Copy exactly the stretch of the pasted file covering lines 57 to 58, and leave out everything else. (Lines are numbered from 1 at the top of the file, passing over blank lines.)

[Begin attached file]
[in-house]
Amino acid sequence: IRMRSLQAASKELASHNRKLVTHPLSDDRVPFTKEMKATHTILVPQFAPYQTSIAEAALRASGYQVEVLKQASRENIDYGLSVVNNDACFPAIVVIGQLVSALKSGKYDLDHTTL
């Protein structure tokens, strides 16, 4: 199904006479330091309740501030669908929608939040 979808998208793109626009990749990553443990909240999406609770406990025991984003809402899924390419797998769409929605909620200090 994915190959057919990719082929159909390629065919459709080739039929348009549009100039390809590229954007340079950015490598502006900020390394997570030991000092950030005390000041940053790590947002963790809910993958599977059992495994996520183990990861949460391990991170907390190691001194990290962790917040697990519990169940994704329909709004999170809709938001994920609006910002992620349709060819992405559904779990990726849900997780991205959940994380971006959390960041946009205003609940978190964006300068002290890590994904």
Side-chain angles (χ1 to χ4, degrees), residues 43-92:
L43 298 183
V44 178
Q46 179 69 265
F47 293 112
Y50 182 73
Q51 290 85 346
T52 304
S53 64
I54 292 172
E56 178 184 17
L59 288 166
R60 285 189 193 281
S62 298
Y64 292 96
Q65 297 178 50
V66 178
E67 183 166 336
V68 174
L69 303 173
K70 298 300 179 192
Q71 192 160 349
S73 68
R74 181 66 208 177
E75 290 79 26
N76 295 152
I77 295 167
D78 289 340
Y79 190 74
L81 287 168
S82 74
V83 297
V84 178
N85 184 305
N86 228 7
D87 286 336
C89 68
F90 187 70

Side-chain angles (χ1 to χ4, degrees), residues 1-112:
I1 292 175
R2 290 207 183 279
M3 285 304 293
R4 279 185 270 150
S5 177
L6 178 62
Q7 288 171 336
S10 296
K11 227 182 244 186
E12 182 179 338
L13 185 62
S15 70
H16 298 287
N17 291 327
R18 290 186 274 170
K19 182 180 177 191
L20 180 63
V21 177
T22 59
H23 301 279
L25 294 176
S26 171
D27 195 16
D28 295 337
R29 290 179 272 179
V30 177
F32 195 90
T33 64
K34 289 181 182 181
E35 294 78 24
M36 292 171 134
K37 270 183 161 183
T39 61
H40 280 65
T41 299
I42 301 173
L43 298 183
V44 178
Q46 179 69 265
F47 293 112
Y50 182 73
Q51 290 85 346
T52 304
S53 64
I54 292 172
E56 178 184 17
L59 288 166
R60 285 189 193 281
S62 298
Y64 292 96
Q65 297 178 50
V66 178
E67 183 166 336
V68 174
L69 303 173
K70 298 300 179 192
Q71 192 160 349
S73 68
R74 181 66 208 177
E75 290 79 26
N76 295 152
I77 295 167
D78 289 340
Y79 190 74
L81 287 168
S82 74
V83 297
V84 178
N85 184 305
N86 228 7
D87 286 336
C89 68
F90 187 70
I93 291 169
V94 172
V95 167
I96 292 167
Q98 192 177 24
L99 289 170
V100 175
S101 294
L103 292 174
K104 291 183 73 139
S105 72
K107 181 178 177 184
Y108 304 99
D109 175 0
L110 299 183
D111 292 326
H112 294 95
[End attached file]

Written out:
R18 290 186 274 170
K19 182 180 177 191